Irish Trees – Myths, Legends and Folklore

Author: Niall Mac Coitir

Watercolours: Grania Langrishe

Publisher: The Collins Press

Copyright: 2003, Reprinted 2006, 2008, 2012

ISBN: 9781903464335

Pages: 231 including watercolours, references, and bibliography.


Synopsis: In ancient Ireland, mythology and folklore were part of the general knowledge about each tree. This book gathers the myths, legends and folklore associated with the native trees.

Review: Where to start? I liked the watercolors and the black and white pictures in the book. They helped me visualise the trees that were being talked about and associate them with what is being written. There were some good footnotes, and great books in the bibliography, and it was obvious to me that the author had done his research and had read A LOT of great sources. I also liked that it was very much pagan friendly. There was some great folklore and mythology associations shown for each tree. But…

In some places I kept thinking…WHAT? You read McManus on Ogams and you still think THAT? Or dear Gods you thought Robert Graves was right about THAT? (Just to be clear the author knows that Robert Graves took a lot of poetic licence in his book White Goddess but he still thought he was not wrong in some aspects). In some other places there were good and interesting tidbits but I kept thinking citation!! (Again there were footnotes in this book but in some places they didn’t materialise).

I would recommend the book just for the information about the trees and the myths, legends and folklore associated with them….the rest though? I’d take that with a sign that says…caution, and please cross-reference with other books, as well as please discard in some cases. So basically, a mixed bag of good, sort of good, and UH?

The Festival of Lughnasa by Máire MacNeill

Synopsis From Garland Sunday and Domhnach Chrom Dubh are two of the many names of a  festival celebrated by Irish country people at the end of July or the  beginning of August.  It marked the end of summer and the beginning of  harvest season, and on that day the first meal of the year’s new food  crop was eaten.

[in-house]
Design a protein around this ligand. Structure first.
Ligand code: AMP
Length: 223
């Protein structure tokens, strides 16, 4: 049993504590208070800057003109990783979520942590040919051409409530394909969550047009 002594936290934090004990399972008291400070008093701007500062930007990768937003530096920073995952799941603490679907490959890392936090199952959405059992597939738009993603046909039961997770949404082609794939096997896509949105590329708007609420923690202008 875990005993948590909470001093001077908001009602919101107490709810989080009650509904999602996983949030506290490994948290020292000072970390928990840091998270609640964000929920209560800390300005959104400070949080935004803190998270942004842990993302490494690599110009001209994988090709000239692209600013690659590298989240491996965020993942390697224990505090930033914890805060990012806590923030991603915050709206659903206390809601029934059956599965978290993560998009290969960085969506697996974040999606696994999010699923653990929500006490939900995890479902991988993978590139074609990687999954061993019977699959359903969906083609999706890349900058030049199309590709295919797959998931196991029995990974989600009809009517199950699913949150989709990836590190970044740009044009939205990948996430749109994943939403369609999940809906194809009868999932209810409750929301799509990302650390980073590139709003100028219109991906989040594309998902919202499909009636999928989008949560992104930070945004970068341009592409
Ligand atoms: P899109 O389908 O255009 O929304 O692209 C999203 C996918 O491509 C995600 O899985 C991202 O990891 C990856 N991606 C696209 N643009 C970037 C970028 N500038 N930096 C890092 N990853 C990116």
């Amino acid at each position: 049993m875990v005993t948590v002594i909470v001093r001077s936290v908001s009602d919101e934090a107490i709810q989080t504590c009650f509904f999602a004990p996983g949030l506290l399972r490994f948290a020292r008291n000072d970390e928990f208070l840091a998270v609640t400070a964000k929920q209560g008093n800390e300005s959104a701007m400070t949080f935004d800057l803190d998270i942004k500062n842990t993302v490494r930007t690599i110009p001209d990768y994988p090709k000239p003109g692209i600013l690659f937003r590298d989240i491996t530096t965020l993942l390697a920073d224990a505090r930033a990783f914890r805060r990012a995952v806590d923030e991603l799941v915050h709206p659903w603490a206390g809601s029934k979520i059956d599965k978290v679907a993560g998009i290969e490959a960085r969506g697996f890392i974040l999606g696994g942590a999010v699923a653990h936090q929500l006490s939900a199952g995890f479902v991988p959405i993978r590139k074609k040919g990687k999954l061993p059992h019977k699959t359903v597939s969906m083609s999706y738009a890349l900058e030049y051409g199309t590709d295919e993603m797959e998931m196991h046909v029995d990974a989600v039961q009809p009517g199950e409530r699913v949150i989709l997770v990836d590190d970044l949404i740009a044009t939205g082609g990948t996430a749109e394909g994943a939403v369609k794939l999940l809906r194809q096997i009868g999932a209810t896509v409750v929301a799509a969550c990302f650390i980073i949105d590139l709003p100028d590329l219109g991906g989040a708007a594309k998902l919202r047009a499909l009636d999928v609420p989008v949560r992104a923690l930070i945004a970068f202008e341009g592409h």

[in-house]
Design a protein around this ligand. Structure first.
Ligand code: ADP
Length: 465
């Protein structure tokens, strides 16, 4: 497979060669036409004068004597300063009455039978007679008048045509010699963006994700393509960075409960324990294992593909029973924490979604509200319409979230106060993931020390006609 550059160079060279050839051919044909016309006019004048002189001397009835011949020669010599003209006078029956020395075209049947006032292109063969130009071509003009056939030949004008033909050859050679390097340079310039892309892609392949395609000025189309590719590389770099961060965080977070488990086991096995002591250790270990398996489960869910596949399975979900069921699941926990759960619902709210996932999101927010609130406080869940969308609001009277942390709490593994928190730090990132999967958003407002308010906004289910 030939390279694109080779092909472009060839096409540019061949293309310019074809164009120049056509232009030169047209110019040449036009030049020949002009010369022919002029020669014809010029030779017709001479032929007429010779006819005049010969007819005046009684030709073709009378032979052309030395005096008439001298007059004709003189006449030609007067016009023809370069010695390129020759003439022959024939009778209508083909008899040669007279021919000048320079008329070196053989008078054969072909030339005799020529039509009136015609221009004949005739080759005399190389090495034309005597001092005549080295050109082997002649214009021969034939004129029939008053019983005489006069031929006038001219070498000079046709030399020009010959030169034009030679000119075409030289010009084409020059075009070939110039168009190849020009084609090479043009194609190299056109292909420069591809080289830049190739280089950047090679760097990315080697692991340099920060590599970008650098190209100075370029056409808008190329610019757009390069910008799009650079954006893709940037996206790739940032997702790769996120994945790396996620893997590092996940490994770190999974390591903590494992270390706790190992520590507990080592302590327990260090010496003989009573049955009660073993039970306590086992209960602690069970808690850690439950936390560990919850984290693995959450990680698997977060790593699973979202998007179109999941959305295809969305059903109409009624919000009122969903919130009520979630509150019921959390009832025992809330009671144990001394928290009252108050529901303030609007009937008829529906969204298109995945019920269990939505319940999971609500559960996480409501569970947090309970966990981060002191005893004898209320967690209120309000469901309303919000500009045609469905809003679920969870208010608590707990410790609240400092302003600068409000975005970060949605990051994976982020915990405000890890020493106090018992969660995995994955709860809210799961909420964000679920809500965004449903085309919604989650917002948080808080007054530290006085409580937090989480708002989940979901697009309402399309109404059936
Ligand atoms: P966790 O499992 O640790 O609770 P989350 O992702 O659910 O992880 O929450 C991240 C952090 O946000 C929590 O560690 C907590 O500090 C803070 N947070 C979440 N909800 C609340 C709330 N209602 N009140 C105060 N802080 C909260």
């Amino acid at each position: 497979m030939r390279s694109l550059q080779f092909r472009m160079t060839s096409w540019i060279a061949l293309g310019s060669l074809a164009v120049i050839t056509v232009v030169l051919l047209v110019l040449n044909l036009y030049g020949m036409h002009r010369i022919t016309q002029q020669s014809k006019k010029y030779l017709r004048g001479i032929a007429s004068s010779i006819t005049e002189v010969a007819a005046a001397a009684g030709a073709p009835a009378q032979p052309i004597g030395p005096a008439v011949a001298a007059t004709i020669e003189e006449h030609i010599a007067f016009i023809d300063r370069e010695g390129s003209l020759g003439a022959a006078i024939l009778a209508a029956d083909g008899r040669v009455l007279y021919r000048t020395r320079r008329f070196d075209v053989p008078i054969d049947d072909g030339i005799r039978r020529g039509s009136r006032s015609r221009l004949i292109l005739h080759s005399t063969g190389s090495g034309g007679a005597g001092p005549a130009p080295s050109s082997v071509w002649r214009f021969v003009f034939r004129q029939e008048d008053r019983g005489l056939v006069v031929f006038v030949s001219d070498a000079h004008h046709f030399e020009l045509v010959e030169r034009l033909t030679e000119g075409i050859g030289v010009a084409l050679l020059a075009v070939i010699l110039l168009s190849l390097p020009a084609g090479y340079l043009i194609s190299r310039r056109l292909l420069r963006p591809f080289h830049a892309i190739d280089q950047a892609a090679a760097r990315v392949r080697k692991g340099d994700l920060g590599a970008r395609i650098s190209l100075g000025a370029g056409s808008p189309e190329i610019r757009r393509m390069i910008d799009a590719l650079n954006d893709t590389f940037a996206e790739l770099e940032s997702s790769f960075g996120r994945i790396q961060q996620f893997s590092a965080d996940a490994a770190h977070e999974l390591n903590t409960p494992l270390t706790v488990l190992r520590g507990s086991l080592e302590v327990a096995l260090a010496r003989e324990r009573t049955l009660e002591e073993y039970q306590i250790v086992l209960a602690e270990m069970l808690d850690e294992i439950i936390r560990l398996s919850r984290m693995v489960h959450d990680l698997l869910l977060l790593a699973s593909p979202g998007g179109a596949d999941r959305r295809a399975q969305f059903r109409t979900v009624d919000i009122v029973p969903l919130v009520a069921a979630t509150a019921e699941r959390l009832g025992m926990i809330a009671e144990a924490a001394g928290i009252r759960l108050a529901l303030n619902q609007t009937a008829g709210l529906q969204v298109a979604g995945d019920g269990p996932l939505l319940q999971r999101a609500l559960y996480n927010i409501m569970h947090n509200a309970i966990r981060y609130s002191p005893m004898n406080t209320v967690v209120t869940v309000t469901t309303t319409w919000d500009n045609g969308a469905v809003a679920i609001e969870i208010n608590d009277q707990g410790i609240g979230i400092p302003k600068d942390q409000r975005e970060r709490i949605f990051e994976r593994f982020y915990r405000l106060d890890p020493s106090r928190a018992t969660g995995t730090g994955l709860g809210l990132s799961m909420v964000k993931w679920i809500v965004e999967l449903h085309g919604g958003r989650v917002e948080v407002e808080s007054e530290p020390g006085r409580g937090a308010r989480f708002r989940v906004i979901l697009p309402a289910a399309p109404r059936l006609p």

The chief custom was the resorting by the rural  communities to certain heights or water-sides to spend the day in  festivity, sports, and bilberry-picking.  The custom existed also in the  Isle of Man, Wales and in the north of England.  Formerly it must have  been general in all Celtic lands for there is no doubt that it is a  survival of Lughnasa (Lugnasad), the Celtic festival held on the first  of August.

In the description of the celebration much emerges of  the old life of the countryside, and so the study is, in part, a  contribution to social history.  Moreover, as the people preserved  legends of the origin of the festival and of the assembly sites, it has  been possible to show a correspondence with ancient mythology, as  expressed in Irish Literature and in the cult-figures of Roman Gaul.

The dominant myth of the festival is brought to light.

Review: This is one of these books that everyone interested in the Irish year and who can afford it should get it.  I couldn’t believe my luck when they had a new edition printed in 2008 and once I could get a copy of it I snapped it up.  The book was first written in 1962 and it is a study the festival of Lughnasa as it was celebrated in Ireland in the last two hundred years (before 1962). The sources for the book came from questionnaires done by people in Ireland as well as a look at Irish folklore and customs.  The author also used journals and travel books associated with Irish culture and customs. However, these aren’t the only sources.

This book describes the festival as it was celebrated before, as the popular celebration and high point of the agricultural year.  It gives evidence of the past history of the assemblies where possible and it seeks to discover the ancient myths concealed in the stories and the religious concepts which informed the customs.  It is interesting to note that the celebrations were of the harvest of the main crop in the country, in the beginning that was corn but later on it became potatoes.  This is interesting because it shows that it is not something static but changes as the society needs change.

The book is amazing and a great wealth of information.  I wish the same had been done for all of the other festivals in the Irish year, be it Christian or Pagan.  I highly doubt there is a more in depth study done on the Irish year with the same kind of information.

The Year in Ireland by Kevin Danaher

This is a book written in 1972 on the Irish Calendar customs. It describes how the year, with its cycle of festivals and seasonal work, was observed in Ireland in the 19-20th centuries. The author draws on a wide variety of sources and on more than thirty years of research into Irish Folk traditions.

The book gives the reader an idea of how the year was for many of the inhabitants of Ireland that still followed the old traditions. You get the sense of what each strata of the community was up too at which time of the year. The book starts on Saint Brighid’s day and goes all the way to Christmas. It encompasses both Pagan and Christian days and gives the activities associated with the said day. It is a book that you can read in one go at first and then go back too at the appropriate time of year for inspiration.

I really enjoyed reading the book because it gave me ideas on things that I could do on my own rituals and celebrations. It gives the sense of the ebb and flow of the year and how the seasons were related to each other and how one activity during a certain time can be related to another in another time. I think it is a must read book for anyone who is interested in following an Irish path of spirituality be it Christian or Pagan.